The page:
• ITVI.USA
    15,494.200
    152.800
    1%
  • OTRI.USA
    25.070
    0.290
    1.2%
  • OTVI.USA
    15,447.770
    158.270
    1%
  • TLT.USA
    2.700
    0.010
    0.4%
  • TSTOPVRPM.ATLPHL
    2.550
    -0.030
    -1.2%
  • TSTOPVRPM.CHIATL
    3.030
    -0.080
    -2.6%
  • TSTOPVRPM.DALLAX
    1.450
    0.150
    11.5%
  • TSTOPVRPM.LAXDAL
    2.910
    -0.030
    -1%
  • TSTOPVRPM.PHLCHI
    1.700
    -0.040
    -2.3%
  • TSTOPVRPM.LAXSEA
    3.020
    -0.010
    -0.3%
  • WAIT.USA
    120.000
    0.000
    0%
  • ITVI.USA
    15,494.200
    152.800
    1%
  • OTRI.USA
    25.070
    0.290
    1.2%
  • OTVI.USA
    15,447.770
    158.270
    1%
  • TLT.USA
    2.700
    0.010
    0.4%
  • TSTOPVRPM.ATLPHL
    2.550
    -0.030
    -1.2%
  • TSTOPVRPM.CHIATL
    3.030
    -0.080
    -2.6%
  • TSTOPVRPM.DALLAX
    1.450
    0.150
    11.5%
  • TSTOPVRPM.LAXDAL
    2.910
    -0.030
    -1%
  • TSTOPVRPM.PHLCHI
    1.700
    -0.040
    -2.3%
  • TSTOPVRPM.LAXSEA
    3.020
    -0.010
    -0.3%
  • WAIT.USA
    120.000
    0.000
    0%
Driver issuesNewsTrucking Regulation

Brokers push back against Trump’s price-gouging claims

Representatives of the truck brokerage industry swiftly refuted President Donald Trump’s allegations of price gouging against small-business truck drivers after the President took sides with the drivers on the issue.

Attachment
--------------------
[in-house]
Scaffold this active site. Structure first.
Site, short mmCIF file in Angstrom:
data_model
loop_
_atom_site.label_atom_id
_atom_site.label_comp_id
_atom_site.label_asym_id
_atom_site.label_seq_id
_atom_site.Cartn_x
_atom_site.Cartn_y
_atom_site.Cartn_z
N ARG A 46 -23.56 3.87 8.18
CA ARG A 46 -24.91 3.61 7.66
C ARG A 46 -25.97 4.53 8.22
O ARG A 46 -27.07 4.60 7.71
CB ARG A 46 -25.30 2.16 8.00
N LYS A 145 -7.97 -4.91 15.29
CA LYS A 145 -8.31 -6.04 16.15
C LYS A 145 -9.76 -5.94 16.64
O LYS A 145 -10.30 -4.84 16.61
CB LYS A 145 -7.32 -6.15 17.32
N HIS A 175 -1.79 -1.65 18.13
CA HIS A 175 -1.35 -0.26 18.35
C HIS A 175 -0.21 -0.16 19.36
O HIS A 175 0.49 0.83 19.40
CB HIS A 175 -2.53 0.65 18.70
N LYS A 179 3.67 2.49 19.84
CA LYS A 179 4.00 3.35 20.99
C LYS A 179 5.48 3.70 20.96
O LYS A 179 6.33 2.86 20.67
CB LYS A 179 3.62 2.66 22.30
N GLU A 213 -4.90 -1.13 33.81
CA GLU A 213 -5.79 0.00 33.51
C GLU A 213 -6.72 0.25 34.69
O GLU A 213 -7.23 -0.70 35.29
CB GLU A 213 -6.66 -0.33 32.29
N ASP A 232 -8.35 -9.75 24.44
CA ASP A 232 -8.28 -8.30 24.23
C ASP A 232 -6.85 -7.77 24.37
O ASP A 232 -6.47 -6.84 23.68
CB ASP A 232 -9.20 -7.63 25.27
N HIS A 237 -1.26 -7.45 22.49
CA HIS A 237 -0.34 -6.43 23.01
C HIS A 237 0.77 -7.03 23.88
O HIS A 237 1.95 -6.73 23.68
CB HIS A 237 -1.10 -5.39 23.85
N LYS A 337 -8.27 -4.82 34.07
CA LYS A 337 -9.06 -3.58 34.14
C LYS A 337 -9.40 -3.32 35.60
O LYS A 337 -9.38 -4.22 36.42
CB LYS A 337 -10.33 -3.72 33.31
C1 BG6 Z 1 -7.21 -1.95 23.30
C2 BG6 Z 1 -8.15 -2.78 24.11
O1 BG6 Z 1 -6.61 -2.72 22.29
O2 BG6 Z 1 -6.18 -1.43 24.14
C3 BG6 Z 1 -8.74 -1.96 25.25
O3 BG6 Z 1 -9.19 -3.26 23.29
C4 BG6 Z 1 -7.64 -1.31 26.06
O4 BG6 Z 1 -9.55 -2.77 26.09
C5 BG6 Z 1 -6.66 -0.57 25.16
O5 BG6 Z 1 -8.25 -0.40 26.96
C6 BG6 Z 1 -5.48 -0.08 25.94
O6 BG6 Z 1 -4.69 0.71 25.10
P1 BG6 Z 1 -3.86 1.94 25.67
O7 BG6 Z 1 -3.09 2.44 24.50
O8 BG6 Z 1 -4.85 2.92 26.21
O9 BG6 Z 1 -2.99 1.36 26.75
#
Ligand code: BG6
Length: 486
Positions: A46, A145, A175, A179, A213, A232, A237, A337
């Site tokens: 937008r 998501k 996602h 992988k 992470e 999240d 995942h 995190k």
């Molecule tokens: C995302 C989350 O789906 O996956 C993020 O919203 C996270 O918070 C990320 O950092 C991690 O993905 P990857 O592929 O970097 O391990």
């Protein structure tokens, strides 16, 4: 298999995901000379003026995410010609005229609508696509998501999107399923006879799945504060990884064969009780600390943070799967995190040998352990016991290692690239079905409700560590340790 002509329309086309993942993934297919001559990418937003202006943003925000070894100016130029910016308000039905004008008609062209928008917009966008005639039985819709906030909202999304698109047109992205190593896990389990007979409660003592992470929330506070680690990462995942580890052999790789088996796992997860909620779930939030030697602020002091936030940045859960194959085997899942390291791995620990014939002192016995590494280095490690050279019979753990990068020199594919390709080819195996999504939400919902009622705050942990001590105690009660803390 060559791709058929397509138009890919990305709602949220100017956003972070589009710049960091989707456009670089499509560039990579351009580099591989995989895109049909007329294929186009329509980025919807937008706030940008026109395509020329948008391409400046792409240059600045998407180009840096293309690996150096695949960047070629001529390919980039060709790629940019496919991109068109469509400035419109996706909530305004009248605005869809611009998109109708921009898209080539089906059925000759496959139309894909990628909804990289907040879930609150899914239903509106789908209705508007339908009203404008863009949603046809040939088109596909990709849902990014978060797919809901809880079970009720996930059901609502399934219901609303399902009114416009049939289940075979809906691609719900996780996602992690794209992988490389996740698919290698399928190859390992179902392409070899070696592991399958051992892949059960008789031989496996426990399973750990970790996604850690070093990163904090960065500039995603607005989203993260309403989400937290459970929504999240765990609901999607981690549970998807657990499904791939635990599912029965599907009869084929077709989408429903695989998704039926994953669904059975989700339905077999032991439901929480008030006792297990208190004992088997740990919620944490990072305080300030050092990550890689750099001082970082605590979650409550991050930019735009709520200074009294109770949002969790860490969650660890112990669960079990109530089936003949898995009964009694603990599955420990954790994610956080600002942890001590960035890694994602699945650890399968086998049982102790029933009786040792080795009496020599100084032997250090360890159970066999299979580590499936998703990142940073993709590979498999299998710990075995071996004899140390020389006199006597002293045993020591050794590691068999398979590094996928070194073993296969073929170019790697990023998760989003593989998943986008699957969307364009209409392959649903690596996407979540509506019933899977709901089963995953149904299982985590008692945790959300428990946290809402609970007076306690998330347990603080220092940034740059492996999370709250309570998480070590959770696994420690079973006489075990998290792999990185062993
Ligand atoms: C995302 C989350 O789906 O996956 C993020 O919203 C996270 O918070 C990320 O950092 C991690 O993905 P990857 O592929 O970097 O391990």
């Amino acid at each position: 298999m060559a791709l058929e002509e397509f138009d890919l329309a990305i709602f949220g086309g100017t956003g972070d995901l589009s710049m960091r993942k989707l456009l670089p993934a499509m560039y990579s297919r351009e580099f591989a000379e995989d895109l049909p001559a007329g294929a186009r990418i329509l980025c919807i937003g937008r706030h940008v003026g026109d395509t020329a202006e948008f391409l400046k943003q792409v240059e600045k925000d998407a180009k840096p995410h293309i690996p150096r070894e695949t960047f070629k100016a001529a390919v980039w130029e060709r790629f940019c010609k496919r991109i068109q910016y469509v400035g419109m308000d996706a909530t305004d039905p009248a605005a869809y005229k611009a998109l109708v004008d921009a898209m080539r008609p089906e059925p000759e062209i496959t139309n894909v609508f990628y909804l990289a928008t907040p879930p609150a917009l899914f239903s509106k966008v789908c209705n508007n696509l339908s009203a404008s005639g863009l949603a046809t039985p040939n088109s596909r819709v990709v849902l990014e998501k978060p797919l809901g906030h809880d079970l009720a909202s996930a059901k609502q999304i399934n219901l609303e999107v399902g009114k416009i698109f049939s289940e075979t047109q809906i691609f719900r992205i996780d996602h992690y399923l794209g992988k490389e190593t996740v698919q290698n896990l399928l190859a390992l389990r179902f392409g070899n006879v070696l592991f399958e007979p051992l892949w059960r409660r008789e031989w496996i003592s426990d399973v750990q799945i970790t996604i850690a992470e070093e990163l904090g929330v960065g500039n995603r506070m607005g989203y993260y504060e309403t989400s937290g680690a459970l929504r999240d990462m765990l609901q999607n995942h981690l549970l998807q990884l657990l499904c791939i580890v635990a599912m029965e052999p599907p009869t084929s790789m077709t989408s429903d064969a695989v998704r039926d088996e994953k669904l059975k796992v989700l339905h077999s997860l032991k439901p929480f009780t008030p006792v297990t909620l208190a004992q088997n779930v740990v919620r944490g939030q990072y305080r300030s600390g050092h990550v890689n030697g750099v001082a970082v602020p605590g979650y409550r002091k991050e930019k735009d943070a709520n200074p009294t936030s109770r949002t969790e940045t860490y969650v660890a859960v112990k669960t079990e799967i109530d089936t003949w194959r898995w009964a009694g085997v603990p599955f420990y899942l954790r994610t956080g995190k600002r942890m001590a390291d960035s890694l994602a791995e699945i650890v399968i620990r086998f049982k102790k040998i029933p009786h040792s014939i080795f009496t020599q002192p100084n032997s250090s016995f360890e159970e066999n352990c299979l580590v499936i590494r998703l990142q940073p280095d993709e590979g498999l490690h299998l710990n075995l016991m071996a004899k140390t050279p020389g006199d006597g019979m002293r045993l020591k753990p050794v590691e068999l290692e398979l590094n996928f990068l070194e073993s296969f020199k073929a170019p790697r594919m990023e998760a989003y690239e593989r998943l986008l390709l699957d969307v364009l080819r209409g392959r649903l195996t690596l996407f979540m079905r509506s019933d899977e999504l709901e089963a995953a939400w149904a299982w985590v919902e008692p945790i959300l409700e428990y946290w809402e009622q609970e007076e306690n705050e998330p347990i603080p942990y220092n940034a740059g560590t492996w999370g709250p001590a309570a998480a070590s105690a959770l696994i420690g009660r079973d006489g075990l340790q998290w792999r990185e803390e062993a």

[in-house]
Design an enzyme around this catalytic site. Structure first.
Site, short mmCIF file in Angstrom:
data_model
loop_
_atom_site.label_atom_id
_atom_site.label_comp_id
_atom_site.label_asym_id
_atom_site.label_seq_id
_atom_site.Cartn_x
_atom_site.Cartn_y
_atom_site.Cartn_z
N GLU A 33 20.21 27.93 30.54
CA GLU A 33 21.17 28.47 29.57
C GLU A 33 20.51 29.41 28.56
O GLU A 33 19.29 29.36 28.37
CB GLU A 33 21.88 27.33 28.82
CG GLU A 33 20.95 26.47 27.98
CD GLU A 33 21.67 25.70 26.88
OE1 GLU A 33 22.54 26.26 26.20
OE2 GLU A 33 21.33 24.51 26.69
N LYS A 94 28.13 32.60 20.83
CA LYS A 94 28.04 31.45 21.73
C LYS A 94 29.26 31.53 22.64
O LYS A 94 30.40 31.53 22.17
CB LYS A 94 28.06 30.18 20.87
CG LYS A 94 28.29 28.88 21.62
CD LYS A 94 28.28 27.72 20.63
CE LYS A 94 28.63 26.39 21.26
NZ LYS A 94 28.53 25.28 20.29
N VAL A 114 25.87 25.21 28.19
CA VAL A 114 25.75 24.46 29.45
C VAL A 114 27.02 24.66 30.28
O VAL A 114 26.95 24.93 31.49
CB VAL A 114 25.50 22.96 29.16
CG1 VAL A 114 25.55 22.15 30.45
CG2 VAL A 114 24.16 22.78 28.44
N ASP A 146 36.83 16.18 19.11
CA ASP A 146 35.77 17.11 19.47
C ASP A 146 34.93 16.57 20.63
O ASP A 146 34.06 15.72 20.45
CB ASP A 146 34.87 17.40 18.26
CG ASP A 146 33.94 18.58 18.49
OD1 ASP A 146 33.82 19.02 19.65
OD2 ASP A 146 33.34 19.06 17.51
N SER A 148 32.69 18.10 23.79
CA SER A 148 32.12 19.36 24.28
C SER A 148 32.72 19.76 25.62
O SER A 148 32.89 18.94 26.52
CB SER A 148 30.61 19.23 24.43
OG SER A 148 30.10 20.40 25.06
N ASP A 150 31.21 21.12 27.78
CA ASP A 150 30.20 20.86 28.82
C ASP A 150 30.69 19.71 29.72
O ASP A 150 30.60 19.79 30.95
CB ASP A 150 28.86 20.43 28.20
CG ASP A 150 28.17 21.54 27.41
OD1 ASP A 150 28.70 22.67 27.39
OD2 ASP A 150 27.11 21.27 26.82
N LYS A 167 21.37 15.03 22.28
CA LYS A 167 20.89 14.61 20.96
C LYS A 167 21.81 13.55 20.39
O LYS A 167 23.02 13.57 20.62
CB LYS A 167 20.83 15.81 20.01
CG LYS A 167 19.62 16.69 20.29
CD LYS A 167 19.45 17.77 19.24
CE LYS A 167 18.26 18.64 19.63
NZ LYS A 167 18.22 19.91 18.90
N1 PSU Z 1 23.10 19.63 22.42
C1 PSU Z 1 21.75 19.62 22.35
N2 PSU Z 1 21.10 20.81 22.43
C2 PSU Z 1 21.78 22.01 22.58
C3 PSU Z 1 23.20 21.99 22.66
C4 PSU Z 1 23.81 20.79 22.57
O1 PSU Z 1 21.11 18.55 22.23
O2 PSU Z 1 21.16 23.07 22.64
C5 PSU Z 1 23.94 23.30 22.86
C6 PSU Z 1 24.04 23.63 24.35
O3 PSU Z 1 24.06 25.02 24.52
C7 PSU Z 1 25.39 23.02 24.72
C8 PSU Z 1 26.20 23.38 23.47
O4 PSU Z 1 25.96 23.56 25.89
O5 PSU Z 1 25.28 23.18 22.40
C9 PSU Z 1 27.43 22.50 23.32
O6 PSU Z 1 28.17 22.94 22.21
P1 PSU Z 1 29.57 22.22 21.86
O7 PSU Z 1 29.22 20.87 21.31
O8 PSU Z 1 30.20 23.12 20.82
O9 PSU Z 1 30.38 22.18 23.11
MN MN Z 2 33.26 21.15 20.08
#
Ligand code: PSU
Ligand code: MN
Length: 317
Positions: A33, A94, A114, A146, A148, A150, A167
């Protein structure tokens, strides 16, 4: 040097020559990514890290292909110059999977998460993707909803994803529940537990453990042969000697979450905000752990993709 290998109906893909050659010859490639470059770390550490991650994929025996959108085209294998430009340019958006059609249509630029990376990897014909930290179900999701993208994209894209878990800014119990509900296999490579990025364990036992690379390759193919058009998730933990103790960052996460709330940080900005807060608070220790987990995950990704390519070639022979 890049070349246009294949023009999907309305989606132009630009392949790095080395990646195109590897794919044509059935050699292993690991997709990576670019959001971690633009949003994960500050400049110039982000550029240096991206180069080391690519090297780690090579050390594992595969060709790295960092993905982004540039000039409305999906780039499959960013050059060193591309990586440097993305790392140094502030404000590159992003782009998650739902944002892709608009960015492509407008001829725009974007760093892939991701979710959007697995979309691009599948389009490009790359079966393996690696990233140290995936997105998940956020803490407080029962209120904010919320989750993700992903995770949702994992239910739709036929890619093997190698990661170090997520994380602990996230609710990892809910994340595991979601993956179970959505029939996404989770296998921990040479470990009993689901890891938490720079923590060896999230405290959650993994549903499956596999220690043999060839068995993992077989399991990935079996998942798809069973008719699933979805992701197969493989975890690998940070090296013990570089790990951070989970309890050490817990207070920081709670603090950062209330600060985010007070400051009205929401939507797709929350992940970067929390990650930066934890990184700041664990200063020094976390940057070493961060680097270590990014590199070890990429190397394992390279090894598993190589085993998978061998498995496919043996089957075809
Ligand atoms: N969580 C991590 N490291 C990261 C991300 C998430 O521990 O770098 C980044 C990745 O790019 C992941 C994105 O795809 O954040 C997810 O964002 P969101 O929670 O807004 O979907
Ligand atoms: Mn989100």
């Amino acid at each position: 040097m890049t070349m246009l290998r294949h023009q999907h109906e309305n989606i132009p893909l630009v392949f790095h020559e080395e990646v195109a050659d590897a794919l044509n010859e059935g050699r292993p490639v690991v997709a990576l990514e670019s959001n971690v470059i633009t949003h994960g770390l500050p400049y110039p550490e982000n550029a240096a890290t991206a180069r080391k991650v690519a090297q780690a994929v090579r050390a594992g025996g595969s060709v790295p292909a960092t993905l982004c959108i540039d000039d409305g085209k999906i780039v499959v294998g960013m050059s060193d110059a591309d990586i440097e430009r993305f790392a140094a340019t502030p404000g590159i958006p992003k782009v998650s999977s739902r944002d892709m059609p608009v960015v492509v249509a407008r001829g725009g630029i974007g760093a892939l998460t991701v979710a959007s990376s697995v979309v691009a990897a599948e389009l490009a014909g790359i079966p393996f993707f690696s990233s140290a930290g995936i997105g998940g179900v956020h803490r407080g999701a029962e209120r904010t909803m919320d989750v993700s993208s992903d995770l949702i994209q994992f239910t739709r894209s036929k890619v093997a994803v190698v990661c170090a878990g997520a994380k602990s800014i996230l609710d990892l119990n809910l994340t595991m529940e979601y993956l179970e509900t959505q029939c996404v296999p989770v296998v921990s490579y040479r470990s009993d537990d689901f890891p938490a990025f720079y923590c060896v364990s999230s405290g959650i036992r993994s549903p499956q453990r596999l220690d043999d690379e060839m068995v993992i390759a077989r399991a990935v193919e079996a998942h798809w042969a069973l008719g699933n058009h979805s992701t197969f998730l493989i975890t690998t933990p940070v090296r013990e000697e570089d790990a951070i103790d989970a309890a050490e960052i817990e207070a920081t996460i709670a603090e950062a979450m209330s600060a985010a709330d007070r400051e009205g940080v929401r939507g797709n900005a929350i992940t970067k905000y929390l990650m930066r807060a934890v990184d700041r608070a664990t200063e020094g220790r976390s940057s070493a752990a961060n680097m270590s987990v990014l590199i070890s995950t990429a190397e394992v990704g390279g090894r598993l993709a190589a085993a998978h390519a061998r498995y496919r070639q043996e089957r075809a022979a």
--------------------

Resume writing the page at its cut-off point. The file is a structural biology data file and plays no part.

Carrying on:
Trump, who tweeted his support for the drivers during last week’s “May Day” demonstration rally held by truckers near the White House, maintained that they are being “price gouged” when asked today (May 8) about the allegations – and what he plans to do about it – by a co-host of the television show Fox & Friends.

“All they want is to be treated fairly, and we’re going to treat them fairly. They’re great people, and they’re successful, they have these big beautiful trucks, and they want them made in the USA. They’re not asking for much, so we’re going to take care of them.”

Trump added that he “brought my people out to see them” during last week’s demonstration. “I even brought out some red hats for them,” he said.

The Transportation Intermediaries Association (TIA), which represents brokers and other third-party logistics companies (3PLs), immediately pushed back. “As the President should know, real estate agents don’t determine the sales price of buildings, the market does. The same is true in trucking,” responded TIA President and CEO Robert Voltmann.

Brokers and 3PLs, he said, “are not price-gouging – there is simply not enough freight to support all of the carriers. In this case, we simply aren’t shipping much of anything and there are too many trucks chasing too little freight. TIA welcomes the opportunity to discuss the situation with the Administration, as well as with all parties involved, in a formal setting – not through completely misconstrued and misrepresented statements across social media and other channels.”

Voltmann pointed out in a separate response that his association’s most recent quarterly market report shows that 3PLs are keeping a 16% gross margin for their service and passing on 84% to the carrier.

While President Trump did not provide details on how he planned “to take care” of the trucker’s allegations of price gouging, he’s limited in his options, according to Donald Baker, senior counsel at the law firm Baker & Miller.

“If there’s any hint that the brokers are cooperating with each other, then you’ve got a price-fixing violation,” Baker told FreightWaves. “I don’t think there’s any credible antitrust violation unless they have some evidence of collusion among the brokers.”